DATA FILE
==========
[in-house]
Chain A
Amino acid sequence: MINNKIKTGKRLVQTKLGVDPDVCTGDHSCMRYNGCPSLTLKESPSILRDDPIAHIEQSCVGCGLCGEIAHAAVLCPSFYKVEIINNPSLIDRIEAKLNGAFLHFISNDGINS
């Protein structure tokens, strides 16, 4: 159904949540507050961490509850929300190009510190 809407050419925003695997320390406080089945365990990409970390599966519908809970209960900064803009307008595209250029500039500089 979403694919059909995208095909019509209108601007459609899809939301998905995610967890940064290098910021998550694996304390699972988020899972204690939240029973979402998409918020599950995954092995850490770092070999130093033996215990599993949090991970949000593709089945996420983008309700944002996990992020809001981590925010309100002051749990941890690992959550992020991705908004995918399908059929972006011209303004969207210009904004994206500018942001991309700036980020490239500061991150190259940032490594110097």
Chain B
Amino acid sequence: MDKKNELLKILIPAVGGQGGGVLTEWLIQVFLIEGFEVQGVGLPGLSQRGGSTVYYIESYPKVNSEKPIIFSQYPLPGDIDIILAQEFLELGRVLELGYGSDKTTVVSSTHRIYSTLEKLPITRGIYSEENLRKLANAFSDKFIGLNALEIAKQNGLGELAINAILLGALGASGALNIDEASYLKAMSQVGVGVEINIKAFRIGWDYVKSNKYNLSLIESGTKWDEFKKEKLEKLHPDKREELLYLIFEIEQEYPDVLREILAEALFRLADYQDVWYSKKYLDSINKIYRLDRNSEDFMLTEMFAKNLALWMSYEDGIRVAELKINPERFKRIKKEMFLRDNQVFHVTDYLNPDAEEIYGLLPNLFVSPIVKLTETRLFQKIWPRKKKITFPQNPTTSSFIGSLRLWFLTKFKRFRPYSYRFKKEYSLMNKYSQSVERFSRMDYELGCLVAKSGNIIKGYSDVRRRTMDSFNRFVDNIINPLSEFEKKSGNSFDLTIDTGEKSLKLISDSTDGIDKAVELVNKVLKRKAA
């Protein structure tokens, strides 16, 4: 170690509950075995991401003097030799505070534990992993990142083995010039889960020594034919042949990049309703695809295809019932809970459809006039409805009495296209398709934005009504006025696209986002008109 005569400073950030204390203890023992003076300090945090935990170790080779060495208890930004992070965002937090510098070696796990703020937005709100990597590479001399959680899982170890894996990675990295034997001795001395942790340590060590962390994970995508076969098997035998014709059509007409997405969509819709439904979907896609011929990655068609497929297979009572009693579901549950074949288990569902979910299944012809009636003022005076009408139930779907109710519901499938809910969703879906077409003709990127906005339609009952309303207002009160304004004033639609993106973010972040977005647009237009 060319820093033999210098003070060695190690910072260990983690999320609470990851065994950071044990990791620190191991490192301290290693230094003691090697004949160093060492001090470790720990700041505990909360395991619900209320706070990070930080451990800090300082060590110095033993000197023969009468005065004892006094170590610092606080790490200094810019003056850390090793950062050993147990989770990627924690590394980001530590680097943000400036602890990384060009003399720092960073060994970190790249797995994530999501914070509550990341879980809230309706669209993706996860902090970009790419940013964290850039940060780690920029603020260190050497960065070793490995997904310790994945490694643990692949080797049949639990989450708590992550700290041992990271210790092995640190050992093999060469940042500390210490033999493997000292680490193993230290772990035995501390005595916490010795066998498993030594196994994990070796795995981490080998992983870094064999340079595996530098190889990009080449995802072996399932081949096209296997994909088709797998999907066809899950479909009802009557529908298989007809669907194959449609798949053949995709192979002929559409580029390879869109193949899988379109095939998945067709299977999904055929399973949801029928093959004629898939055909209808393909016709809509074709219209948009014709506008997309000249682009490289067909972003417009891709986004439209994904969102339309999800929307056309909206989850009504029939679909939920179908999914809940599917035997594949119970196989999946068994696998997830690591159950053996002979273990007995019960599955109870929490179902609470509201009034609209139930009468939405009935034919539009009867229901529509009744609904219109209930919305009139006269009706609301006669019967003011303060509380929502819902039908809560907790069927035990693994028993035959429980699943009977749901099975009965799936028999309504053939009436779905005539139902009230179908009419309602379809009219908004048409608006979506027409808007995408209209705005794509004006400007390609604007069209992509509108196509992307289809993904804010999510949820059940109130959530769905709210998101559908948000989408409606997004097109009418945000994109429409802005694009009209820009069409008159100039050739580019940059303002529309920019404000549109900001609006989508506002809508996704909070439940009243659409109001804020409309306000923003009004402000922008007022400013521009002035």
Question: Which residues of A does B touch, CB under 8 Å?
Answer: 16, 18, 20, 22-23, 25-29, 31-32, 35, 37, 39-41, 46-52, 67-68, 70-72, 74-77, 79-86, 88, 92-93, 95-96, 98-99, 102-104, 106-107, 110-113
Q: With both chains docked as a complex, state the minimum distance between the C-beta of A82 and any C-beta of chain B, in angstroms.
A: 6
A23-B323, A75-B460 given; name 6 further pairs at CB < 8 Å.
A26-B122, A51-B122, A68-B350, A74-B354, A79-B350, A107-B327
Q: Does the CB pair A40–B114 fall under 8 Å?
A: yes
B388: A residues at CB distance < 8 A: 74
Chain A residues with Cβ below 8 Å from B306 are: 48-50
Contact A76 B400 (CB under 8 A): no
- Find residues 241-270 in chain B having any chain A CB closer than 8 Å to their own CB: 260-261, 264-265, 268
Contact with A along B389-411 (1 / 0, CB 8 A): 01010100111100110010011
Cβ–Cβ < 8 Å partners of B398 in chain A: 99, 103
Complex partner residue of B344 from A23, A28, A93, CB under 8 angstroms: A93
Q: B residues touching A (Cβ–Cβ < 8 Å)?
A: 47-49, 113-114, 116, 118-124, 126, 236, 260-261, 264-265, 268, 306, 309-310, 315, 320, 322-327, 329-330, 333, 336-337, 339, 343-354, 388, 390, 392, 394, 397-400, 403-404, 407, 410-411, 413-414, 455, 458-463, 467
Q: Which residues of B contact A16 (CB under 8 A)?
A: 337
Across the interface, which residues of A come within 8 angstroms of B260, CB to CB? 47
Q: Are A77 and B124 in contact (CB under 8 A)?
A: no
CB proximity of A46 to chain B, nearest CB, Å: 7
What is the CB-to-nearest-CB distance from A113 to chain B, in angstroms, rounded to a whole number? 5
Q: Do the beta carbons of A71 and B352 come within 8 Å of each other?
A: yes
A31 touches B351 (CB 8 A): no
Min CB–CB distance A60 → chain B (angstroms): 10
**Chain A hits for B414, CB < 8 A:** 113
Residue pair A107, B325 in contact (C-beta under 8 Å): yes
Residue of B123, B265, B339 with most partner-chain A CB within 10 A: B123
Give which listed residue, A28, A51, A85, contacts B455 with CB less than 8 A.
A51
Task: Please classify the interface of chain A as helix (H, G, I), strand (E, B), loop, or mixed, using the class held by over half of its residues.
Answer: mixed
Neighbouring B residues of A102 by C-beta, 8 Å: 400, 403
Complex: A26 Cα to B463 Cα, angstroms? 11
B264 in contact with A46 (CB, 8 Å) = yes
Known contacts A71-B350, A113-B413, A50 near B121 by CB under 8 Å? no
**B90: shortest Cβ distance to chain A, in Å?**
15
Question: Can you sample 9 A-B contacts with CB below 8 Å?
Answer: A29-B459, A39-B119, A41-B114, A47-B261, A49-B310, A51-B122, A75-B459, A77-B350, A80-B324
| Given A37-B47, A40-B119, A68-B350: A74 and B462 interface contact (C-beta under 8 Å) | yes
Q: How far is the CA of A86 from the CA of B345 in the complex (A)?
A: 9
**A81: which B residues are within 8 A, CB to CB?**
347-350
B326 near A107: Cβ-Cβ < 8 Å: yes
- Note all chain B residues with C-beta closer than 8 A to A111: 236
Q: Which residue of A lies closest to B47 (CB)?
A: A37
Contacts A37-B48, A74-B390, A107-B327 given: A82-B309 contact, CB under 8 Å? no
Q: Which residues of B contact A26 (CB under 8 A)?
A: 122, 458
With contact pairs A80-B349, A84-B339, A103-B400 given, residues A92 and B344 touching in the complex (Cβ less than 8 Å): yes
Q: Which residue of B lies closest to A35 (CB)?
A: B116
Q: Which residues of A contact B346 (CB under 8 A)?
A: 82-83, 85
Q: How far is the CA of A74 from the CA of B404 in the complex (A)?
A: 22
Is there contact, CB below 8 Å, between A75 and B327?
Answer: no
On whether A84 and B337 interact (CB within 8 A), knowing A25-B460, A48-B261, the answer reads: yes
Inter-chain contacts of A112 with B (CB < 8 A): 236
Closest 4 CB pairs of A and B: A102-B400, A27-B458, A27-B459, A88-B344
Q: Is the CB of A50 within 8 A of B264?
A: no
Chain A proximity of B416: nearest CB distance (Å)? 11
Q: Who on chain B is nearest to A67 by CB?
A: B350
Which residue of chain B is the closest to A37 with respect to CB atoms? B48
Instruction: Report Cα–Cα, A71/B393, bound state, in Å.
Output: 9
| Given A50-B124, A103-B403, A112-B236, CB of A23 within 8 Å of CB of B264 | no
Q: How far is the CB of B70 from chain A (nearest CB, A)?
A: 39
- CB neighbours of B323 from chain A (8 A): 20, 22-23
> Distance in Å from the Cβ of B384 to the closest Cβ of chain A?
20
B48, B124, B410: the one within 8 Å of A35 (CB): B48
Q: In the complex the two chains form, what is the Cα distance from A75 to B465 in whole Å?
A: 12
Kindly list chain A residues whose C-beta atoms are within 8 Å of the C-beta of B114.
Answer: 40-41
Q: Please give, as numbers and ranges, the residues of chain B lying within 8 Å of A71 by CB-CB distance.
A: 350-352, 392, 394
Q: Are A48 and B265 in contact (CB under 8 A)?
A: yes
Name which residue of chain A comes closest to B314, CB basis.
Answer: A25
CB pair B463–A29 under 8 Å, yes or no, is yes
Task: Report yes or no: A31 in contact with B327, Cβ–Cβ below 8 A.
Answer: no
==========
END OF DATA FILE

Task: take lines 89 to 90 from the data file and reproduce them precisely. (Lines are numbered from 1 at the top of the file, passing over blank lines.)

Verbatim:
B48, B124, B410: the one within 8 Å of A35 (CB): B48
Q: In the complex the two chains form, what is the Cα distance from A75 to B465 in whole Å?